A ground-based sense-and-avoid system being prototyped by the U.S. Army would have prevented the mid-air collision of a C-130 Hercules airlifter with RQ-7 Shadow unmanned aircraft at a forward operation base in eastern Afghanistan on Aug. 15, a service official says.
“Had we been operational with GBSAA [ground-based sense and avoid] we would have completely averted the incident,” says Tim Owings, deputy project manager for Army unmanned aircraft systems.
But a software glitch and the recent FAA furlough have delayed Army plans to test the radar-based GBSAA prototype installed at General Atomics Aeronautical Systems’ El Mirage, Calif., training center for the service’s MQ-1C Gray Eagle UAV.
The system uses ground radars at three airports to detect and track aircraft entering a surveillance volume centered on El Mirage when Gray Eagles are transiting through civil airspace to and from nearby restricted airspace used for training.
The first three night-training flights using GBSAA were conducted in April, but a software anomaly on the third flight forced a halt to testing. The glitch has been fixed, but a post-furlough backlog at FAA has prevented tests from resuming, says Mary Ottman, deputy product director for UAV airspace integration.
With 11 hr. of testing complete, another 28 hr. of FAA-monitored testing must be performed before the system can be approved for operational use. This requires the presence of three FAA personnel at El Mirage and is a “big commitment” for the agency, Ottman says, as it works to recover from the furlough.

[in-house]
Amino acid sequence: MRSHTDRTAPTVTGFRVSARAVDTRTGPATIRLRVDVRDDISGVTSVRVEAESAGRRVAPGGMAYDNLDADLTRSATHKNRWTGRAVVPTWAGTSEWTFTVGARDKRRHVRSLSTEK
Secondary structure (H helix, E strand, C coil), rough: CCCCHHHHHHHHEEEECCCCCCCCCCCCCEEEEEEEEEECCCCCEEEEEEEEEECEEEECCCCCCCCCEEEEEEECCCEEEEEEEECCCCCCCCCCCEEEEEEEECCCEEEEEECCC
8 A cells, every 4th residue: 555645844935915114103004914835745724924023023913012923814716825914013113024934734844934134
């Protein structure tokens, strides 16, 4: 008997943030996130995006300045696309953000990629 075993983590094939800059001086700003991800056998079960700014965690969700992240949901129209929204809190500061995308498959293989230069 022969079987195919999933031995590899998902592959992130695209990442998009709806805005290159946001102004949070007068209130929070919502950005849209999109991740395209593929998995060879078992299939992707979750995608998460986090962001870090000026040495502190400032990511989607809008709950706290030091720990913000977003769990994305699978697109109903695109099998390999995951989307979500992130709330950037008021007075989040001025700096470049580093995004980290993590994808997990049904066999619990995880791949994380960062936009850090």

Investigation showed the radar system was tracking all aircraft as planned, but a program that generates a simulated track to test the system produced an incompatible message. The Army has approved revised software following regression testing using a manned aircraft.
“We began meeting with the FAA in July, and planned to return to flight in August, but then the FAA furlough hit,” Ottman says. Dialogue has resumed since the FAA returned to work, but she does not have a date for a return to flight for the GBSAA at El Mirage.
FAA is working through a backlog of applications for certificates of authorization to operate unmanned aircraft in national airspace that were delayed by the furlough “and we are not the highest priority,” she says.
The C-130 landed safety after the collision with the RQ-7 in Afghanistan, and is repairable in the field, but the incident underlines that “even with procedural controls there is a need for active deconfliction,” Owings says.
Investigation is under way, but “the [Shadow] was where it was supposed to be, doing what it was supposed to,” says Col. Robert Sova, UAV capabilities manager at Army Training and Doctrine Command.
The Shadow was in a holding pattern 4,500 ft. off the end of the runway, where it had been directed by air traffic control, when the C-130 “flew right through,” Owings says. “The manned aircraft did not do what it was procedurally supposed to, nor were they where they thought they were,” Sova says.
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